Samuel Hahnemann: The father of Homeopathy
Samuel Hahnemann (1755-1843), happens to be the 19th century German chemist and physician who developed homeopathy, the form of medicine which uses minute dosages of herbs as well as other substances in order to promote healing. He was from Meissen in Saxony, a pretty little town on the Elbe. It is one of the oldest cities in Saxony. During his study in Vienna he had a passionate taste for scientific research.
Shocked by the barbaric and violent medical quack practices in the name of treatment at that time and being concerned for the health of his family, Hahnemann spent many years making experiments to study the curative properties of numerous materials. He saw in medicine a hidden universe where there was research to be done, a struggle to be launched against the mystery, a battle against death. After two years in Leipzig reading rooms, libraries, he went to Vienna to try to learn medical practice. His journey to the discovery of Homeopathy commenced here.
Discovery of homeopathy
This law of similarity Hahnemann stated in turn that it could exist in disease and its therapy: "To cure a disease, it is necessary to administer a remedy which would give to the patient, if he was healthy, the disease from which he suffers." The first basic principle of homeopathy states that diseases are cured by drugs that give the same symptoms as the disease itself (law or principle of similarity).
According to Hahnemann, drugs exalt "vital force" against similar effects: the preventive vaccines produced since then do not work otherwise.
He believed that small doses of natural drugs could provoke symptoms of the diseases they sought to cure, prompting the body's own immune system to heal itself. The practice of homeopathy grew from this theory, based on Hahnemann's thesis that "like cures like."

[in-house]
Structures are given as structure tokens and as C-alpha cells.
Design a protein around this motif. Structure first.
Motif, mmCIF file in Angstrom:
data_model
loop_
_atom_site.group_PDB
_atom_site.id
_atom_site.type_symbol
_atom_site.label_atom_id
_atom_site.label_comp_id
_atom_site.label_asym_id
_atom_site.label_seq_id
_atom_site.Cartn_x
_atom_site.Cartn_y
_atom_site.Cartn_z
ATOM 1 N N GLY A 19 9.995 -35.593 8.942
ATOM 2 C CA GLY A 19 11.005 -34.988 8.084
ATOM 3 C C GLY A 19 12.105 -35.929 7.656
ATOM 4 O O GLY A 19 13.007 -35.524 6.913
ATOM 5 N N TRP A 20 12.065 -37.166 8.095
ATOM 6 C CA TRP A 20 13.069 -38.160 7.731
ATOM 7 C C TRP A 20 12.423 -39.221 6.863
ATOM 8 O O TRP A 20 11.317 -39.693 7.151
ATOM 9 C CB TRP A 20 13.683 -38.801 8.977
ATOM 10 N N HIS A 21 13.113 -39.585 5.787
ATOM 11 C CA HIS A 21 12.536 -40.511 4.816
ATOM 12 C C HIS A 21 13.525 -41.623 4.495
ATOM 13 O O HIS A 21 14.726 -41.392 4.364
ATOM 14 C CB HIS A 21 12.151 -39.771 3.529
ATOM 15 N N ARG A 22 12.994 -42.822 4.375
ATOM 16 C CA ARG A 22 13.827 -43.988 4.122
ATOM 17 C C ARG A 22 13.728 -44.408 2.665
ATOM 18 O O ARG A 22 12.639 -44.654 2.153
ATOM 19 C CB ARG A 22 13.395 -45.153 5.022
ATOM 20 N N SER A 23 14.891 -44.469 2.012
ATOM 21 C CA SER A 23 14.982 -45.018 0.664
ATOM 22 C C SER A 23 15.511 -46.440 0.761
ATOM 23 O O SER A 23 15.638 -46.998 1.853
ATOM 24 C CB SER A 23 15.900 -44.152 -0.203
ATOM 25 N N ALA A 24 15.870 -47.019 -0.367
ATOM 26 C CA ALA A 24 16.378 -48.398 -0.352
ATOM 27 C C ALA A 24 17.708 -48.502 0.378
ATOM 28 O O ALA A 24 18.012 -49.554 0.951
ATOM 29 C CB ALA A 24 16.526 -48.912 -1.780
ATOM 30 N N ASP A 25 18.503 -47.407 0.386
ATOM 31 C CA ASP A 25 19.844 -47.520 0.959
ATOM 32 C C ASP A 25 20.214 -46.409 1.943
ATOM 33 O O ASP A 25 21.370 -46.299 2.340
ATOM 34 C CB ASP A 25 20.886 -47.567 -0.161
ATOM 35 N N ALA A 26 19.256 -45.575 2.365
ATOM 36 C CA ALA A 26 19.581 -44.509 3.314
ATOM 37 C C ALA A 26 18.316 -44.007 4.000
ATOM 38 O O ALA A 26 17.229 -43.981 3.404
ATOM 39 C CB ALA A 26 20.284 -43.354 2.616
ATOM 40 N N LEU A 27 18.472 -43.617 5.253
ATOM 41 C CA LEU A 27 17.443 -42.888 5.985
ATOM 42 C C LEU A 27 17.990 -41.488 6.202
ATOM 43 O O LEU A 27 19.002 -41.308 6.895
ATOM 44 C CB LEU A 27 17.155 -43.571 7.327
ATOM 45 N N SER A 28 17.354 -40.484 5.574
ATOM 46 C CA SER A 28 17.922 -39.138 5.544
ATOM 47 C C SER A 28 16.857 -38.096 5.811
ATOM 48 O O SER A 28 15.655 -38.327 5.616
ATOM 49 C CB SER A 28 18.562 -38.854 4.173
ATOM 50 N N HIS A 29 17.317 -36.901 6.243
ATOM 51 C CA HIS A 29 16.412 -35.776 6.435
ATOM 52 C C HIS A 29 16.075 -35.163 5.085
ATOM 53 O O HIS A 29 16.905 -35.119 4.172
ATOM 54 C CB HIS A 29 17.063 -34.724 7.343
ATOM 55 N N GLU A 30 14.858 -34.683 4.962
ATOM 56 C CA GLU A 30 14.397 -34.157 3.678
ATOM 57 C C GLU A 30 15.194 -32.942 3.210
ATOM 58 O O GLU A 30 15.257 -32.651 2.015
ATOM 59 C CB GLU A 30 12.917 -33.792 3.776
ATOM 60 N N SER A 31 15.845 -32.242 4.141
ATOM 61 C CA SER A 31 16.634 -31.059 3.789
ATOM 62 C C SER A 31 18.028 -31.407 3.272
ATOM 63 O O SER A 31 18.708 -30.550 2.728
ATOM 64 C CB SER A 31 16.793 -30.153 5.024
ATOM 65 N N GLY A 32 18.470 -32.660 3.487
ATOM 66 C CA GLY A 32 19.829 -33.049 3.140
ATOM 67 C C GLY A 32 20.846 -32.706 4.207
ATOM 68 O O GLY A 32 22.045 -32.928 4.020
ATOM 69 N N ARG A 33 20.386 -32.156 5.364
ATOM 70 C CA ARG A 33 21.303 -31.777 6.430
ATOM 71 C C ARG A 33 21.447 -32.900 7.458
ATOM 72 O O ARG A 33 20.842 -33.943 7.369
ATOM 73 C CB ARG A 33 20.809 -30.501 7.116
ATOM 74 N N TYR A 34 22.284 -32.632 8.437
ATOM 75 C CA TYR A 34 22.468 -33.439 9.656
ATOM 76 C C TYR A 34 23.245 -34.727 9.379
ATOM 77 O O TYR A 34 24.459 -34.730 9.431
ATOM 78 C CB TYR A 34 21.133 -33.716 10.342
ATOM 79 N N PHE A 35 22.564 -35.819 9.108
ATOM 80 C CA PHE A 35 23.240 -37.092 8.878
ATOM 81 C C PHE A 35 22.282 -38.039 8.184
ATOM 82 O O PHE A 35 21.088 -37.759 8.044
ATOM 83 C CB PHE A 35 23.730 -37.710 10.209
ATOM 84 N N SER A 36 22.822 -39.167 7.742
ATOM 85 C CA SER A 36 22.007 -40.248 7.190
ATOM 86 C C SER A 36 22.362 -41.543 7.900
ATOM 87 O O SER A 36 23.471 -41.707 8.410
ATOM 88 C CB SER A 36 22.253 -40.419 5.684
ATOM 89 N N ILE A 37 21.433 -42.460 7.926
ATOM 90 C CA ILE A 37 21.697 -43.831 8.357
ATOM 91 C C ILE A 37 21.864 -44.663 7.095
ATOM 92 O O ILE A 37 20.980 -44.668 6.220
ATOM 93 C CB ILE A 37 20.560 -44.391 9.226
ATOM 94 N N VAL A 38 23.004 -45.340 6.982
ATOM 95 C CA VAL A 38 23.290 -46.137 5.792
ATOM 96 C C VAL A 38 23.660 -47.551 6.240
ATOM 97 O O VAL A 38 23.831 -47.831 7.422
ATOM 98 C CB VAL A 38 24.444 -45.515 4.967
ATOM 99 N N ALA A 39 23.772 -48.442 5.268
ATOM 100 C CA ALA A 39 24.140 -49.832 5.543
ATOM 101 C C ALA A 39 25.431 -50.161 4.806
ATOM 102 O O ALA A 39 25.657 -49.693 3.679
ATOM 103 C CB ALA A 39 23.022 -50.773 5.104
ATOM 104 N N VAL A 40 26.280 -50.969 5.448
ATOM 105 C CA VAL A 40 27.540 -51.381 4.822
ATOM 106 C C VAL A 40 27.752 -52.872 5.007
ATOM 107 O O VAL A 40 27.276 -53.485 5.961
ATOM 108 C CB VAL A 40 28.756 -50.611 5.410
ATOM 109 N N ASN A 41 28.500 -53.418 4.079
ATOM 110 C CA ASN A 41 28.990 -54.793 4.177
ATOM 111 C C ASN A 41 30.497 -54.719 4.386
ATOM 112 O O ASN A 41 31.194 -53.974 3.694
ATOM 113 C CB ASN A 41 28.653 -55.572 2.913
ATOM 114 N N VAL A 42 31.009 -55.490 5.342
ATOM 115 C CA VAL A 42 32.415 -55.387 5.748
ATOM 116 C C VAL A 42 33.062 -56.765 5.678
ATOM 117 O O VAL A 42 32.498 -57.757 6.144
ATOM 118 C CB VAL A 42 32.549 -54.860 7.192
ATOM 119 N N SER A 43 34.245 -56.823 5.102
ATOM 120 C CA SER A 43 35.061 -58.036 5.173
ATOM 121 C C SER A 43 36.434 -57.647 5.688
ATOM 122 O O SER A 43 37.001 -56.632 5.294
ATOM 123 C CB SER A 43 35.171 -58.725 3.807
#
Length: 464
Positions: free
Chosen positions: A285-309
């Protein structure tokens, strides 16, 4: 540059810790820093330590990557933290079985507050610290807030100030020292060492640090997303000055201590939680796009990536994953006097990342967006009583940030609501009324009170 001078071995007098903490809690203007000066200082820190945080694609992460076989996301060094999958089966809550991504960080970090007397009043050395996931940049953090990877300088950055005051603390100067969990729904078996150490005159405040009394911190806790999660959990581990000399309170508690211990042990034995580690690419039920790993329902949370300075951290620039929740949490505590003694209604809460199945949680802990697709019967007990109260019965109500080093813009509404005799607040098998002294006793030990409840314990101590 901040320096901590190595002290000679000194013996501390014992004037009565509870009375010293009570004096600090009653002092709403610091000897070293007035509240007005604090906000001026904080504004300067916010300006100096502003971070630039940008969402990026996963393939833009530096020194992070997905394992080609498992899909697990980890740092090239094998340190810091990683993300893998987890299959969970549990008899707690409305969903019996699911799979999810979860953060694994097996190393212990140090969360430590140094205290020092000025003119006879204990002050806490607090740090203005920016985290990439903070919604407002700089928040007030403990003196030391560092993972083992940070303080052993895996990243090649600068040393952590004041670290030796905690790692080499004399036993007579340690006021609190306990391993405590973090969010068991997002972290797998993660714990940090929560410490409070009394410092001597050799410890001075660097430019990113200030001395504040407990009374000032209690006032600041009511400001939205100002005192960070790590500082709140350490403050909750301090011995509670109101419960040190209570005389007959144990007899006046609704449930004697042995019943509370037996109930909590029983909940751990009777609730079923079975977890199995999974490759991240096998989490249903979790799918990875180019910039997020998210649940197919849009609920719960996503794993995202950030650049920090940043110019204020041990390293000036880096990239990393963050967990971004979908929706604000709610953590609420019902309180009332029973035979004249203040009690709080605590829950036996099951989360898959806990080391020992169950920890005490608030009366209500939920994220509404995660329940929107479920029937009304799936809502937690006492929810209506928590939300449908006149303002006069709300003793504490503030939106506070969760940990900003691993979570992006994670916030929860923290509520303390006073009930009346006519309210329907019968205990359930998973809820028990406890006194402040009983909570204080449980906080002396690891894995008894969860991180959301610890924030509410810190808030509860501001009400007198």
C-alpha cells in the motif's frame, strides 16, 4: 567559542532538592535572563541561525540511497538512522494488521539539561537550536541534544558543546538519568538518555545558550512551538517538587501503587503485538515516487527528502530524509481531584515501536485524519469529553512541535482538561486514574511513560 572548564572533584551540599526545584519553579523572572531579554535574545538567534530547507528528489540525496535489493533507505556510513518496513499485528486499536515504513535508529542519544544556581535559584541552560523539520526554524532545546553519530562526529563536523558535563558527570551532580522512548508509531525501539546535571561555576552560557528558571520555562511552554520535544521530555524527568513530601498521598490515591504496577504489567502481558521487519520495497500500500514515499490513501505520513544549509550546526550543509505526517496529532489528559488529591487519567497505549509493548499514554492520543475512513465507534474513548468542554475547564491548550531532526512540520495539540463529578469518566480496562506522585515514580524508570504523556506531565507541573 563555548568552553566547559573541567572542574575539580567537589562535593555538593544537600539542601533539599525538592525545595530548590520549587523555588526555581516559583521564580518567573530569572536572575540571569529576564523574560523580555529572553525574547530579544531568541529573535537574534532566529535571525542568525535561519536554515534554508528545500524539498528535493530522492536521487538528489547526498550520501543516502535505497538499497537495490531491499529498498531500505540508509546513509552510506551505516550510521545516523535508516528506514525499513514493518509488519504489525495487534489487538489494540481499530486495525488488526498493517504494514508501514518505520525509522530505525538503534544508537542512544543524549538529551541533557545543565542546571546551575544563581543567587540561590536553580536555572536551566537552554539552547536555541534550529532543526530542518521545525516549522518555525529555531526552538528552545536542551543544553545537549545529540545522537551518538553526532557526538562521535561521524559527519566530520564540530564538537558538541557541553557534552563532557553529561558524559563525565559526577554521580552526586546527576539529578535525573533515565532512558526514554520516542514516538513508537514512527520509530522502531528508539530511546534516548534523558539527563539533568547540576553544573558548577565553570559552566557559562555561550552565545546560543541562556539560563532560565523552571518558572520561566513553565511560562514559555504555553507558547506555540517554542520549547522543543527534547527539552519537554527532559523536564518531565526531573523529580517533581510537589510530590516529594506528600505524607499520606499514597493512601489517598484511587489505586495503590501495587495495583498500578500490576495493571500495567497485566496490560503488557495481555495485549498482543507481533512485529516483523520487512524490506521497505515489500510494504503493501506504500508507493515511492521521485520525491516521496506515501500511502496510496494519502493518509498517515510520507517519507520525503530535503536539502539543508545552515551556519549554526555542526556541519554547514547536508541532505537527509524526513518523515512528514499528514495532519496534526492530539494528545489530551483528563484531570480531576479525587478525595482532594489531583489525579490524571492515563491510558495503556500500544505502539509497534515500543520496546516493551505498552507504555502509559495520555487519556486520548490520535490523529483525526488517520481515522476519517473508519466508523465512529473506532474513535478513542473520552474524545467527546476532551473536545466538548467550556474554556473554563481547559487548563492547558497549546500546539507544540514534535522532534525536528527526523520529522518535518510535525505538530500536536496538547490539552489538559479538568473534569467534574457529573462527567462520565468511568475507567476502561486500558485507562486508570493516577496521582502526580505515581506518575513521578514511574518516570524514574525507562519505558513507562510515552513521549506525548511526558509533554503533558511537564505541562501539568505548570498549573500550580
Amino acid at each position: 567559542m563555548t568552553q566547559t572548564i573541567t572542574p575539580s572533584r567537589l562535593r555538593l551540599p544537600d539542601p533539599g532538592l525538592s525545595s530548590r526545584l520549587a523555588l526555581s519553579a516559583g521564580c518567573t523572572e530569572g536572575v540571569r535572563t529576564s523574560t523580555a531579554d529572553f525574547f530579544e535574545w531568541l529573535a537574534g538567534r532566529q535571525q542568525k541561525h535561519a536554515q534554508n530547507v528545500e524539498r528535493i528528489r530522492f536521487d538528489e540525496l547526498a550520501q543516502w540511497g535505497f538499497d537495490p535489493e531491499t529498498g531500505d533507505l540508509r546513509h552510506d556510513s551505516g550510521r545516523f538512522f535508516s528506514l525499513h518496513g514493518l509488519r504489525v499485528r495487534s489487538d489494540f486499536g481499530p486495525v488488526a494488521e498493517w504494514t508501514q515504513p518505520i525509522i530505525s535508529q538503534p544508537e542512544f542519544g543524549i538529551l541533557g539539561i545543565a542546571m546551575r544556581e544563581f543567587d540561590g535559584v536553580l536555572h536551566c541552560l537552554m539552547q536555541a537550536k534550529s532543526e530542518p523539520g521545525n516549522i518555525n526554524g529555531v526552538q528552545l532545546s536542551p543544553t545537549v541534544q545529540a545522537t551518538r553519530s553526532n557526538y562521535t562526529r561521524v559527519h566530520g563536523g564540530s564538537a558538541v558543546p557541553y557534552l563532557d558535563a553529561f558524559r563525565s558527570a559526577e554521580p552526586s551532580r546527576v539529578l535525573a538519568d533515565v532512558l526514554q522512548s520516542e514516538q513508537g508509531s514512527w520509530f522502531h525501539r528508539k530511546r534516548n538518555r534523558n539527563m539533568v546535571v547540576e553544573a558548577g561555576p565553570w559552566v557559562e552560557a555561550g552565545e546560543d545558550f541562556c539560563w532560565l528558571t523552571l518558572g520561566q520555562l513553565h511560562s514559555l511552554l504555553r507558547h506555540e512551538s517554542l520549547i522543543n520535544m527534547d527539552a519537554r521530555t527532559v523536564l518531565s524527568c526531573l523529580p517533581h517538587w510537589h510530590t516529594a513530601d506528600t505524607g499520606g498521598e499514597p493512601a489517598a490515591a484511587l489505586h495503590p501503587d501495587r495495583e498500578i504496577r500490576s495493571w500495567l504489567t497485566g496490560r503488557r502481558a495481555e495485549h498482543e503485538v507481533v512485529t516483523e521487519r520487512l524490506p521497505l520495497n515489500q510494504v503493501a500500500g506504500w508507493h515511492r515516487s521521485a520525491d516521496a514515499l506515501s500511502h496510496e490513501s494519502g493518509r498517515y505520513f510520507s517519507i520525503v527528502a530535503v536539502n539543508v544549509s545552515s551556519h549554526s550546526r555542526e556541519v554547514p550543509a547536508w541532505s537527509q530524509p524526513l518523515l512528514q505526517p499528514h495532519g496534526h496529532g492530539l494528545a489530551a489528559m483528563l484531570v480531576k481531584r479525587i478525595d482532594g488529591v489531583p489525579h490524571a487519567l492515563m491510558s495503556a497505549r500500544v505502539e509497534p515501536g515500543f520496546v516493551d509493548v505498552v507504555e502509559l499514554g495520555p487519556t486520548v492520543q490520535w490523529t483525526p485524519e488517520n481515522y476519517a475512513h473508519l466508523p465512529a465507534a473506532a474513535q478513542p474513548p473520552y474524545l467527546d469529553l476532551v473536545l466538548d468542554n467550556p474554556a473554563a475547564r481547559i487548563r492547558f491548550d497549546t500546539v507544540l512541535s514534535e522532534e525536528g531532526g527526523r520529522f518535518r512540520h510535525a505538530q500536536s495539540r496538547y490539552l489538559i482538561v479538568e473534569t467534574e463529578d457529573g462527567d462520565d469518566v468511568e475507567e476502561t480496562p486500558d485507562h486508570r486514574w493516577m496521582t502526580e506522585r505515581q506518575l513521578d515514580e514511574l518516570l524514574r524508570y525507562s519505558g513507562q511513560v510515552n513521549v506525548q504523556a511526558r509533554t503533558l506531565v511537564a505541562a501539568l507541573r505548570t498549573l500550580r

Homeopathy was created with these three principles
- Experimentation on healthy humans.
- Infinitesimal dose.
All his life Hanneman worked to create the bridge between the health and Homeopathy, conducting endless tests, promoting his theories, and battling detractors. After a restless toil, an unparalleled valor, directing the homeopathic confreres, receiving, healing, caring for patients from all countries, Hanneman reached his last days of June 1843. For some time Hahnemann was sick. He was in bed, and then it was the end during his last sigh he could pronounce these words "... In altem aber liebe. Amare et amari ... Confidence and peace". His last words have become motivating thousands of Homeopaths and followers of Homeopathy throughout the ages.
Homeopathy flourished around the world. Its popularity peaked in the United States in the early 1900s, then suffered a sharp decline due to protests from proponents of modern medicine, although it has remained immensely popular in many parts of the world, including India and Europe.
The 1960s spawned a growing back-to-the-land movement that sparked new interest in alternative medicine, including homeopathy. By the 1990s, the alternative medicine movement had grown to the point that even the American Medical Association was forced to recognize it.
The practice remains widely accepted around the world, especially in India, Latin America, and Europe. Homeopathy has been found to be especially helpful for treating chronic illness, including allergies, headaches, arthritis, colitis, asthma, peptic ulcer, high blood pressure, and obesity. It can also help remedy colds and rashes. Many health food stores offer homeopathic first aid kits designed to treat basic injuries, like stings, sprains, cuts and bruises.